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Guest
March 14, 2011
0 McR Points
Motorcycle Type : Sport - Touring
The BRP is The Best Ride you can do on the east coast ! Bar none. I've been riding this great road annually , or more, for almost 30 years. Cannot be beat for road quality, scenery,or any other way you can judge it. Many times I have ridden for a hundred miles at a " spirited pace " and never seen a car! Where else can you do that on the east coast?Always able to find lodging and good places to eat without a problem. The Park Rangers have been less tolerant of bikes the last year or two, but if you use some common sense and ride carefully thru the congested areas you shouldn't have any trouble. Stay focused on the road if you are there for THE RIDE. Stop and take pics if you want to enjoy the view. There is little room for error, but it's worth it EVERY time ! The southern end is the best in my opinion and there are a ton of great roads once you get to the Smokey's. Try to allow some time to explore the southern end if you can, It's Exceptional too. Once you ride the BRP you will wish you didn't wait so long to ride it! Keep your knees in the breeze.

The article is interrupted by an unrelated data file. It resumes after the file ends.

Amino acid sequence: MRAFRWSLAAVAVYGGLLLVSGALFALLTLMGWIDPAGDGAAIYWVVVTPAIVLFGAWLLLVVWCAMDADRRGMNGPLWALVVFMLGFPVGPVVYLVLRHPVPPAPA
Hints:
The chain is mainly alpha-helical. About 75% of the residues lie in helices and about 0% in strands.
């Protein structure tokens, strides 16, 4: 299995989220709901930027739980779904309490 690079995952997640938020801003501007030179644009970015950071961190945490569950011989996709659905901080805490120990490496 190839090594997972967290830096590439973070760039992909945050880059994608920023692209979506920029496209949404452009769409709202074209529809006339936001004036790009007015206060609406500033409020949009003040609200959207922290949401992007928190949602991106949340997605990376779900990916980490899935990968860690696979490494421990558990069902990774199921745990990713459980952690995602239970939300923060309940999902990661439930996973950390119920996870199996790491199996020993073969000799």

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11 riders found this road review useful
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Guest
December 7, 2010
0 McR Points
Motorcycle Type : Touring
Because I live near the Blue Ridge Parkway several times a year I "head up" to one of my favorite roads to ride. Four out of the last six years I served in Iraq. Each time I returned on leave I always climbed on my Fatboy or Softail Deluxe and found myself easing along the Blue Ridge. Last ride was from Waynesboro to Mabry Mills and enjoyed it like the first time. Kind of a habit of mine when on leave to make at least one trip on the HD to settle me down and remind me of how free we are in America. Riding on th Blue Ridge Parkway does just that! I've met a number of veterans riding those mountains and many others from around the world. Always fun to ride with a few other bikes but don't know if I'd want to ride with a large group as that sort of impedes viewing due to constanly adjusting to the ebb and flow of the group. But I'd gladly take the large group over no ride at all. The Blue Ridge Parkway is just one more piece of America takes me back to being a boy of 16 again whern I discovered motorcycles. 45 years of riding and I appreciate and enjoy it more than ever...Pops